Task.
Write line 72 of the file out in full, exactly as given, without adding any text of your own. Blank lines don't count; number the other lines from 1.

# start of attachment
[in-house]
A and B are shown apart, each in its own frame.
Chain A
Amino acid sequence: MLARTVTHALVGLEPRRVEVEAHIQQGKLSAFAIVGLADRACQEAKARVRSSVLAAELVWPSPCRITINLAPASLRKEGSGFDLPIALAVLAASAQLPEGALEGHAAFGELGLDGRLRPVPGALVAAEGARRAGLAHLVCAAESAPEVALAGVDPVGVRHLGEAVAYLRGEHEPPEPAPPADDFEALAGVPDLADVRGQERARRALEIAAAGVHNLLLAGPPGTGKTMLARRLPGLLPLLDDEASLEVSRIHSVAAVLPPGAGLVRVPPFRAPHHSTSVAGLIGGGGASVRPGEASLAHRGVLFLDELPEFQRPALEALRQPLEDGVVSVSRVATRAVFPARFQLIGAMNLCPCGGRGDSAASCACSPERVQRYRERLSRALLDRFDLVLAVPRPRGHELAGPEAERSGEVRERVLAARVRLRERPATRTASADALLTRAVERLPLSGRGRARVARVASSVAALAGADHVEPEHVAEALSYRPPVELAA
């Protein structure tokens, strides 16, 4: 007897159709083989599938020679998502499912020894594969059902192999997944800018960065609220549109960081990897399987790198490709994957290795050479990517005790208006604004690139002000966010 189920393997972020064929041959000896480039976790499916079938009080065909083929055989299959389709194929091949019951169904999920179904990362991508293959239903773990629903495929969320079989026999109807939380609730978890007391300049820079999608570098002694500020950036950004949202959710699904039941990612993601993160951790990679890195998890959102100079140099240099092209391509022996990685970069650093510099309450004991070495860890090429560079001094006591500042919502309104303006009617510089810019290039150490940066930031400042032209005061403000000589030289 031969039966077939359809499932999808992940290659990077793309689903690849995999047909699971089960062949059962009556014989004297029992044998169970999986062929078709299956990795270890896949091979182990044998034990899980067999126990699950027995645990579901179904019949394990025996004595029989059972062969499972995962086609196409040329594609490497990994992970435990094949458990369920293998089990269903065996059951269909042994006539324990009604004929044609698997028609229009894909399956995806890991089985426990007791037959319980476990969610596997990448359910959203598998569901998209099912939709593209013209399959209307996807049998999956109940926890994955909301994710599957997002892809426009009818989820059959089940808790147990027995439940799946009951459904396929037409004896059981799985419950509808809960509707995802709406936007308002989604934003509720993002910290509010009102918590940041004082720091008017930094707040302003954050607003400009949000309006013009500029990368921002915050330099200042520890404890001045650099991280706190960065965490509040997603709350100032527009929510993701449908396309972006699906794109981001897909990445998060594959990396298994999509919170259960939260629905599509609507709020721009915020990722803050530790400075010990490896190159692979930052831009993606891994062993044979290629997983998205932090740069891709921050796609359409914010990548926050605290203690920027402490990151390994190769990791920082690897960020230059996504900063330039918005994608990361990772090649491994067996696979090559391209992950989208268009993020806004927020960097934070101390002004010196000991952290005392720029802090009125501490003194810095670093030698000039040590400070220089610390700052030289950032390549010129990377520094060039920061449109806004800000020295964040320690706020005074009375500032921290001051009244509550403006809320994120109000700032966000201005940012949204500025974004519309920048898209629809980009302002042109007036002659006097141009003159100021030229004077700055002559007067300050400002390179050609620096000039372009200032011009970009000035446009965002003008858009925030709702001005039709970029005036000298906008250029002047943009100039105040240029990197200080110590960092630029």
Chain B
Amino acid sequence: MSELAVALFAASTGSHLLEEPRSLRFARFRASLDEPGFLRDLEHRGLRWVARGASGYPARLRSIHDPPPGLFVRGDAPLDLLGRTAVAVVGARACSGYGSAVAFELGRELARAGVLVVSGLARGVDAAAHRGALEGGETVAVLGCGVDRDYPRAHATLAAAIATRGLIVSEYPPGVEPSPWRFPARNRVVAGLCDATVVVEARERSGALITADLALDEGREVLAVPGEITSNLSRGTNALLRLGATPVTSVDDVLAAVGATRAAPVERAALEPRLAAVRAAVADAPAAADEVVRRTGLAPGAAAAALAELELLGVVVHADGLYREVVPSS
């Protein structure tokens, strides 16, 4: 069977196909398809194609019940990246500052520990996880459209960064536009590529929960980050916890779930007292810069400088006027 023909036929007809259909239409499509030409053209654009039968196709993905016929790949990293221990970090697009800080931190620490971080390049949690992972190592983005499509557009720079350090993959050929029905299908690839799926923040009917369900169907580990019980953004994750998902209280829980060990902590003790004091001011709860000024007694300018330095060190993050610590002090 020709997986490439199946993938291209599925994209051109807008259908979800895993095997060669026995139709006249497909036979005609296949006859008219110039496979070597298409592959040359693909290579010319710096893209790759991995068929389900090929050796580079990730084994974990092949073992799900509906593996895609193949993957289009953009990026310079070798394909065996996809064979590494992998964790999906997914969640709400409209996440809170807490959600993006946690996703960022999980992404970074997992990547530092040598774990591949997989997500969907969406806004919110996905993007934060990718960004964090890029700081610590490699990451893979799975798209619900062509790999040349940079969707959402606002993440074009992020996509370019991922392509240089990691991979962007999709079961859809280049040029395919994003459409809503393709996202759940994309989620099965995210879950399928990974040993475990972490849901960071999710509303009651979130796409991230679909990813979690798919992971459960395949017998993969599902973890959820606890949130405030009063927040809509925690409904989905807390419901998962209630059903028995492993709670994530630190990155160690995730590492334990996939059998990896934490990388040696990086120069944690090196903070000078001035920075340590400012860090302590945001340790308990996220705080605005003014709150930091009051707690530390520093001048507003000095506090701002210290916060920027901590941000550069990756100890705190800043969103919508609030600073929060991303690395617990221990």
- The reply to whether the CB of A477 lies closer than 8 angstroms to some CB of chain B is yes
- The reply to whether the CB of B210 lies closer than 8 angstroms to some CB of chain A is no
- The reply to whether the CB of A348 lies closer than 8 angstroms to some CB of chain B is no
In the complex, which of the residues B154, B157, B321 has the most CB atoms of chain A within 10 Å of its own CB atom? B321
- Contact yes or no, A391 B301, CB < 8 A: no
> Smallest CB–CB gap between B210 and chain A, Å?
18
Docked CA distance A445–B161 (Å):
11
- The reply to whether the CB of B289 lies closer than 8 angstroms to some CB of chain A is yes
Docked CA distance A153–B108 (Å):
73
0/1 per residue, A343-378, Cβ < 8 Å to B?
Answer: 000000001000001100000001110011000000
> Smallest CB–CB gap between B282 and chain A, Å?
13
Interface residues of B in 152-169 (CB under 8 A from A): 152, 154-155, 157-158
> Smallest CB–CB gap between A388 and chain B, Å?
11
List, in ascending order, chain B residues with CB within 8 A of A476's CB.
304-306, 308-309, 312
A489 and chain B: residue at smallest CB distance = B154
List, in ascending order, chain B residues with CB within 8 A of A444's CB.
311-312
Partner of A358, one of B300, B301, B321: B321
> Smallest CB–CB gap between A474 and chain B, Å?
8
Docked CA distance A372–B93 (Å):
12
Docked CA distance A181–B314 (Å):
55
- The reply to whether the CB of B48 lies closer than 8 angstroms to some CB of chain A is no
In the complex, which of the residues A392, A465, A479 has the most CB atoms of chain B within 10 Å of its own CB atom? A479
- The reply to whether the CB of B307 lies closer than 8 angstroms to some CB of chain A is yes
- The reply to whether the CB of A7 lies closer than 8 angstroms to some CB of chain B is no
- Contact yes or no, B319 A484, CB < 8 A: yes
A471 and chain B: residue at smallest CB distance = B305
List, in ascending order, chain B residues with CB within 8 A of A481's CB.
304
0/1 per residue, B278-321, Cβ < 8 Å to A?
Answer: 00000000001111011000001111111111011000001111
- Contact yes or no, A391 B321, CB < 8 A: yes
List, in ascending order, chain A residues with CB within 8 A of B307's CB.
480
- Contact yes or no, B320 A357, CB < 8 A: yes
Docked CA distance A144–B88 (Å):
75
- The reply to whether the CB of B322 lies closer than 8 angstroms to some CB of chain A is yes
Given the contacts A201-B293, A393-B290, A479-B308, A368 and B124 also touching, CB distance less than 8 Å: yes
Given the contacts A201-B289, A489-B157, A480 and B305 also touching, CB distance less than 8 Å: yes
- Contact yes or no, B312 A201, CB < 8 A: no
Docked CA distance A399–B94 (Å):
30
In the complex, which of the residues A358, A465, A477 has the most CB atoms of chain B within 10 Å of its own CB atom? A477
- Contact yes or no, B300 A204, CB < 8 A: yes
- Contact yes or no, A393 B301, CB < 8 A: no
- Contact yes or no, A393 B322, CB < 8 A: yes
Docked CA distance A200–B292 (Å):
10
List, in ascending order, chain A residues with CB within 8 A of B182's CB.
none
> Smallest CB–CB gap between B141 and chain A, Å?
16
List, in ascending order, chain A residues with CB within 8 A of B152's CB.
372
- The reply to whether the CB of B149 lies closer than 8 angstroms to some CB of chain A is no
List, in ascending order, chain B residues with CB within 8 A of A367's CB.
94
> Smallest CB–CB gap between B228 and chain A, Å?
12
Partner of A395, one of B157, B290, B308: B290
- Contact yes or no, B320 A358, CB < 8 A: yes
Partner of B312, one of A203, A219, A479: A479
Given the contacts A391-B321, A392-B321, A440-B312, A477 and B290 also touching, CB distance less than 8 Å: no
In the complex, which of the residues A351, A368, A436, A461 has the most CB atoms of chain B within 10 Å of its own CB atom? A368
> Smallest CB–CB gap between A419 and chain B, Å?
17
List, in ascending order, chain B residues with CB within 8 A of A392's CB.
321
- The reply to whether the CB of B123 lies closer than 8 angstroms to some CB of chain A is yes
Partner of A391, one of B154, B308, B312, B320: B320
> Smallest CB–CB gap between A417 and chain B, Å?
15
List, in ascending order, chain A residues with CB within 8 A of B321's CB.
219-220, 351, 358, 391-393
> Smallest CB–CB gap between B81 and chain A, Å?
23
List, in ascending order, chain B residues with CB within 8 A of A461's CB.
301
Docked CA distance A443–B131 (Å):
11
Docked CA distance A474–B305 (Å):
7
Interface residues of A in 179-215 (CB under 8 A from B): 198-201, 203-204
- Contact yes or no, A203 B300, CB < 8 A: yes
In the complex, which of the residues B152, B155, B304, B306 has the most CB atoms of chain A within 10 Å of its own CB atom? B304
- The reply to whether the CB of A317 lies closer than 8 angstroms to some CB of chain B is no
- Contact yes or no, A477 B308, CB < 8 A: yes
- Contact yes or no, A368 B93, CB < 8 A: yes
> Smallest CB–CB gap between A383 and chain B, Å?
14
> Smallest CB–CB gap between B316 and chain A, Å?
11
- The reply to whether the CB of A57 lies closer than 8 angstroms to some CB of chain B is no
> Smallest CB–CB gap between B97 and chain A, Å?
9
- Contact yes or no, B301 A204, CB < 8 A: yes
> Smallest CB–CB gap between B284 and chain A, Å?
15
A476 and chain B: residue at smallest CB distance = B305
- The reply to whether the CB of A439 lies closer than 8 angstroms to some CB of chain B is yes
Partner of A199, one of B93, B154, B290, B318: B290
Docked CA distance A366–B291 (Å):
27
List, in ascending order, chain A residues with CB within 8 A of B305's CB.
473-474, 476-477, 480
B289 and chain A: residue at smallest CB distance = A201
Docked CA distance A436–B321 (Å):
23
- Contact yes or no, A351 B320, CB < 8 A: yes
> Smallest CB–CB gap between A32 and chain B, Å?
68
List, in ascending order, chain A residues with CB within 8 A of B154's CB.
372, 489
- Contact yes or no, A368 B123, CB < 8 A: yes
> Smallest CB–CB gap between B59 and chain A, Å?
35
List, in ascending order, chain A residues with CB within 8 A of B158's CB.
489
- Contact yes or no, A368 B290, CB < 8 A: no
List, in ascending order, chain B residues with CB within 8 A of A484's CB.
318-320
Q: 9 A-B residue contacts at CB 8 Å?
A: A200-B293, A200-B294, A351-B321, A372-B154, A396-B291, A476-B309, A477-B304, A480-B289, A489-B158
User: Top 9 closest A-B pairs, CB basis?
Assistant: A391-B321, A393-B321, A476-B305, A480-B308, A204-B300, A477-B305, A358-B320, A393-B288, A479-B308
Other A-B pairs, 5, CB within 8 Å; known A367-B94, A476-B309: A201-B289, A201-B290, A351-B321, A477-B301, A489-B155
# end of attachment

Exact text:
List, in ascending order, chain A residues with CB within 8 A of B152's CB.